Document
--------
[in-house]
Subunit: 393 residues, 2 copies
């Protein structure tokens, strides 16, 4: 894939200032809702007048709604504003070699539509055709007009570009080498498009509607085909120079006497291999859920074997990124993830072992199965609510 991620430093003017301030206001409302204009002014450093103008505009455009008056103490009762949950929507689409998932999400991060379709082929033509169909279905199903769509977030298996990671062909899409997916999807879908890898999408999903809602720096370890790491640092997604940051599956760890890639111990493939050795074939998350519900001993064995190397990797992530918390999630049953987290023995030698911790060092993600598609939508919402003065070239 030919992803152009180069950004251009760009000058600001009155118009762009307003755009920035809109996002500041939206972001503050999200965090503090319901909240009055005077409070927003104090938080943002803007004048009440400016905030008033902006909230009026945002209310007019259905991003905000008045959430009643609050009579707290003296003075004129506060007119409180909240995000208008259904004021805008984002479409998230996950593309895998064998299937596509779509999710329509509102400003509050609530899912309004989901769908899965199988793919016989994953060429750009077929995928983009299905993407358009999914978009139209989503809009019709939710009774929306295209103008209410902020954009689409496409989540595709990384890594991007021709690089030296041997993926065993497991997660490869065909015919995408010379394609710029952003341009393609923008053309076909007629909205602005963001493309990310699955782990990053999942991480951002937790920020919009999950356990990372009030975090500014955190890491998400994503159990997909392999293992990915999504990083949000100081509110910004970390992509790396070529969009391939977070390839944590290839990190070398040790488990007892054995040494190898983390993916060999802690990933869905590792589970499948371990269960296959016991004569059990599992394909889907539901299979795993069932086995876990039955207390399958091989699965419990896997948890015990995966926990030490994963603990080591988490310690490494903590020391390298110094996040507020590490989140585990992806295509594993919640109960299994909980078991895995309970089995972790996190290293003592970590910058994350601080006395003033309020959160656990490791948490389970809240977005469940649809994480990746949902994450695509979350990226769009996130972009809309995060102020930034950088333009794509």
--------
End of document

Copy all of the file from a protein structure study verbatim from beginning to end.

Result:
[in-house]
Subunit: 393 residues, 2 copies
């Protein structure tokens, strides 16, 4: 894939200032809702007048709604504003070699539509055709007009570009080498498009509607085909120079006497291999859920074997990124993830072992199965609510 991620430093003017301030206001409302204009002014450093103008505009455009008056103490009762949950929507689409998932999400991060379709082929033509169909279905199903769509977030298996990671062909899409997916999807879908890898999408999903809602720096370890790491640092997604940051599956760890890639111990493939050795074939998350519900001993064995190397990797992530918390999630049953987290023995030698911790060092993600598609939508919402003065070239 030919992803152009180069950004251009760009000058600001009155118009762009307003755009920035809109996002500041939206972001503050999200965090503090319901909240009055005077409070927003104090938080943002803007004048009440400016905030008033902006909230009026945002209310007019259905991003905000008045959430009643609050009579707290003296003075004129506060007119409180909240995000208008259904004021805008984002479409998230996950593309895998064998299937596509779509999710329509509102400003509050609530899912309004989901769908899965199988793919016989994953060429750009077929995928983009299905993407358009999914978009139209989503809009019709939710009774929306295209103008209410902020954009689409496409989540595709990384890594991007021709690089030296041997993926065993497991997660490869065909015919995408010379394609710029952003341009393609923008053309076909007629909205602005963001493309990310699955782990990053999942991480951002937790920020919009999950356990990372009030975090500014955190890491998400994503159990997909392999293992990915999504990083949000100081509110910004970390992509790396070529969009391939977070390839944590290839990190070398040790488990007892054995040494190898983390993916060999802690990933869905590792589970499948371990269960296959016991004569059990599992394909889907539901299979795993069932086995876990039955207390399958091989699965419990896997948890015990995966926990030490994963603990080591988490310690490494903590020391390298110094996040507020590490989140585990992806295509594993919640109960299994909980078991895995309970089995972790996190290293003592970590910058994350601080006395003033309020959160656990490791948490389970809240977005469940649809994480990746949902994450695509979350990226769009996130972009809309995060102020930034950088333009794509």